Returning to work after medical leave
After taking leave under the FMLA or CFRA, employees are guaranteed the same or a comparable position upon their return to work. If the same position is no longer available, an employer must offer a position comparable in pay, benefits, location, schedule, and working conditions, including privileges, fringe benefits and status, unless the employer can show no comparable position exists.
Fitness for Duty Certification
An employer CAN require a certification from your medical provider that states you are ready to return to work. But the employer cannot single you out with this request and treat you any differently than other employees — the policy must be uniformly applied to all employees. They must have had a certification policy in place, and they must have followed this policy when other employees returned from medical leave. If any of these conditions is not satisfied, an employer cannot require a certification.
Refusal to Reinstate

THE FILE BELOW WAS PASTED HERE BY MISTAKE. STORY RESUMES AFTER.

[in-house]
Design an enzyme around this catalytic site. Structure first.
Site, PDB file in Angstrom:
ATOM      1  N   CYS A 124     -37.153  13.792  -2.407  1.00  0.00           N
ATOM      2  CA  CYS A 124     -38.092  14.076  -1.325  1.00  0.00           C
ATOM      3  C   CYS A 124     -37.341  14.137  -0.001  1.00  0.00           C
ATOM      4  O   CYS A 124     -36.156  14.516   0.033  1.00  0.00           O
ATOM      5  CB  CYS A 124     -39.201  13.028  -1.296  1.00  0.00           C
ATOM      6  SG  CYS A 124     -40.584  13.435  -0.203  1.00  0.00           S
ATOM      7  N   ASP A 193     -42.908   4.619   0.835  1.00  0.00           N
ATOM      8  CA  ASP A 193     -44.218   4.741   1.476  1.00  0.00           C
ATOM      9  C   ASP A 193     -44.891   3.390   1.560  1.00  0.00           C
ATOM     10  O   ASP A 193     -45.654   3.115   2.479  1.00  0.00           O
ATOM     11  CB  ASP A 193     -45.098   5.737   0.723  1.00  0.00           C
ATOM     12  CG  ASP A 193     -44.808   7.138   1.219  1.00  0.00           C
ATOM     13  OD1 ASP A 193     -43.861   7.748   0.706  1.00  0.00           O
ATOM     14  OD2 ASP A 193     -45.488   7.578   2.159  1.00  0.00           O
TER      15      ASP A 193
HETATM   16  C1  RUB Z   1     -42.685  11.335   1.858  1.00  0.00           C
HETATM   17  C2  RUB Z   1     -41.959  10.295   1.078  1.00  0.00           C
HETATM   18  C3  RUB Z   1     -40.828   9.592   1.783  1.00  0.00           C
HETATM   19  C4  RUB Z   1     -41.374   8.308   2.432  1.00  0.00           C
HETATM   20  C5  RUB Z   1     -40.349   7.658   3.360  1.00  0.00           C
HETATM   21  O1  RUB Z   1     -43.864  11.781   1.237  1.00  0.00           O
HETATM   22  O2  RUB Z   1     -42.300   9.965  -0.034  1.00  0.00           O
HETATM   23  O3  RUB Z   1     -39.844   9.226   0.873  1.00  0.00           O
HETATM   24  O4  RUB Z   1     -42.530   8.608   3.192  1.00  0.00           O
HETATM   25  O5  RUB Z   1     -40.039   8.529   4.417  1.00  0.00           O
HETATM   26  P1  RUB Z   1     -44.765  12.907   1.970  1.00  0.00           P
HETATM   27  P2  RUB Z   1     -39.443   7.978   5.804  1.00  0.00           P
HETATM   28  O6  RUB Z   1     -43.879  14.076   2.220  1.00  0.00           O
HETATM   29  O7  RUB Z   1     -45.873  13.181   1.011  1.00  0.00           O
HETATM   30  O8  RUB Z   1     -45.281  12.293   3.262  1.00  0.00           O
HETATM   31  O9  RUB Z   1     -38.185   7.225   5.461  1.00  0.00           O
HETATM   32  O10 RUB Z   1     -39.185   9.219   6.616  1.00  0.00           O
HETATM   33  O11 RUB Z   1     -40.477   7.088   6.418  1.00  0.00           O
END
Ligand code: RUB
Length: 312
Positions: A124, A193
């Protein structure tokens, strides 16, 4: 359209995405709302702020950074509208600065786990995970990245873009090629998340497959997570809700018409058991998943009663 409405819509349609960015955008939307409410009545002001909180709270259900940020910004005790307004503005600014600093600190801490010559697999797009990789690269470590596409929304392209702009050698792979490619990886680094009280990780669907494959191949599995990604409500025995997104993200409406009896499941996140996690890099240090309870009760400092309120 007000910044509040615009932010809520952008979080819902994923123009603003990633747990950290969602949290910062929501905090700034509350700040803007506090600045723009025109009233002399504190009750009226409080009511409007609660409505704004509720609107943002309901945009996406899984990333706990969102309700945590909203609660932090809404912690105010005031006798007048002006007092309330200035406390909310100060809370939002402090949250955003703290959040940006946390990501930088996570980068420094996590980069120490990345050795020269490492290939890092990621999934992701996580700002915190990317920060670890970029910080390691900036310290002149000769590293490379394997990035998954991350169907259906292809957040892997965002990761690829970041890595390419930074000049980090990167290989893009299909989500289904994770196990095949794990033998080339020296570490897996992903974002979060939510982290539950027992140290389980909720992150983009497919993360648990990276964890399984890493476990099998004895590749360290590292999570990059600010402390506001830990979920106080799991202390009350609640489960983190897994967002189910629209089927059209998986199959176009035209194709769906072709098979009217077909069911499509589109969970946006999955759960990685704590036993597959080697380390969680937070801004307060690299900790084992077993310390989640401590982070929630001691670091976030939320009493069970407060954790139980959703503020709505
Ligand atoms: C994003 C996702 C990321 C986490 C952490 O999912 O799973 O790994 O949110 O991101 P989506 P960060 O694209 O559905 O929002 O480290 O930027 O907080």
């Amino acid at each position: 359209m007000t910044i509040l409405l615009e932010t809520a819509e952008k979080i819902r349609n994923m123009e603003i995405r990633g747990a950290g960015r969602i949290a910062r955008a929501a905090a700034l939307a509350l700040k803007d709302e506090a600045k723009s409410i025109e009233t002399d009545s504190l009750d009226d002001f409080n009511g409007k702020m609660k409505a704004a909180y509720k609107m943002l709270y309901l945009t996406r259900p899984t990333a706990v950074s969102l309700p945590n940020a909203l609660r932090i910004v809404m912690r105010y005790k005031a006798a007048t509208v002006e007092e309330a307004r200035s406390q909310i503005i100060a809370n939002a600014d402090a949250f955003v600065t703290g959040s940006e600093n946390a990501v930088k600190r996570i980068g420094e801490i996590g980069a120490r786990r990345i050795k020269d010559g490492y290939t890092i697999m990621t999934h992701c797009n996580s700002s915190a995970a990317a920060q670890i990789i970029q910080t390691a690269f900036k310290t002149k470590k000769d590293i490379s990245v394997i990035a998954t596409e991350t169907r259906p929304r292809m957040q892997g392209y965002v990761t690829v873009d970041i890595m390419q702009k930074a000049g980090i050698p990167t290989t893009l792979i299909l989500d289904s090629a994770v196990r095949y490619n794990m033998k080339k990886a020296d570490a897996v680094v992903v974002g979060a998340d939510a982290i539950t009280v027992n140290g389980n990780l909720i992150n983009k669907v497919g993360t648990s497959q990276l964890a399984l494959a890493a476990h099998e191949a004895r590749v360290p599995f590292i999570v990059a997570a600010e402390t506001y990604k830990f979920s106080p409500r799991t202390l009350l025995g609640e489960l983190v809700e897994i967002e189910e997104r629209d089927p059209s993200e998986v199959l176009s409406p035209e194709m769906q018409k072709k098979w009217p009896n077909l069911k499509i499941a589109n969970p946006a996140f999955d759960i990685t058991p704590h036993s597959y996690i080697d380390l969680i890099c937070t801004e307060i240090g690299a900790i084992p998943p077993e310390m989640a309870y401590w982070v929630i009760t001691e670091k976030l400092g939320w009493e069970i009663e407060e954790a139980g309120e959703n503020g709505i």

There are a few, limited situations in which an employer does not have to reinstate an employee. These situations include:
- An employee would have lost their job regardless of taking leave (such as when their department is eliminated).
- An employee cannot perform the essential functions of their job any longer (however, if this is the case, they may be able to request a reasonable accommodation under the Americans with Disabilities Act).
THE CONTENT FOUND HERE WAS CURRENT AT THE TIME OF WRITING (January 2021). LAWS AND LEGAL PROCEDURES ARE SUBJECT TO FREQUENT CHANGE AND DIFFERING INTERPRETATIONS. YOU SHOULD SEEK THE COUNSEL OF AN ATTORNEY TO RECEIVE LEGAL ADVICE SPECIFIC TO YOUR SITUATION.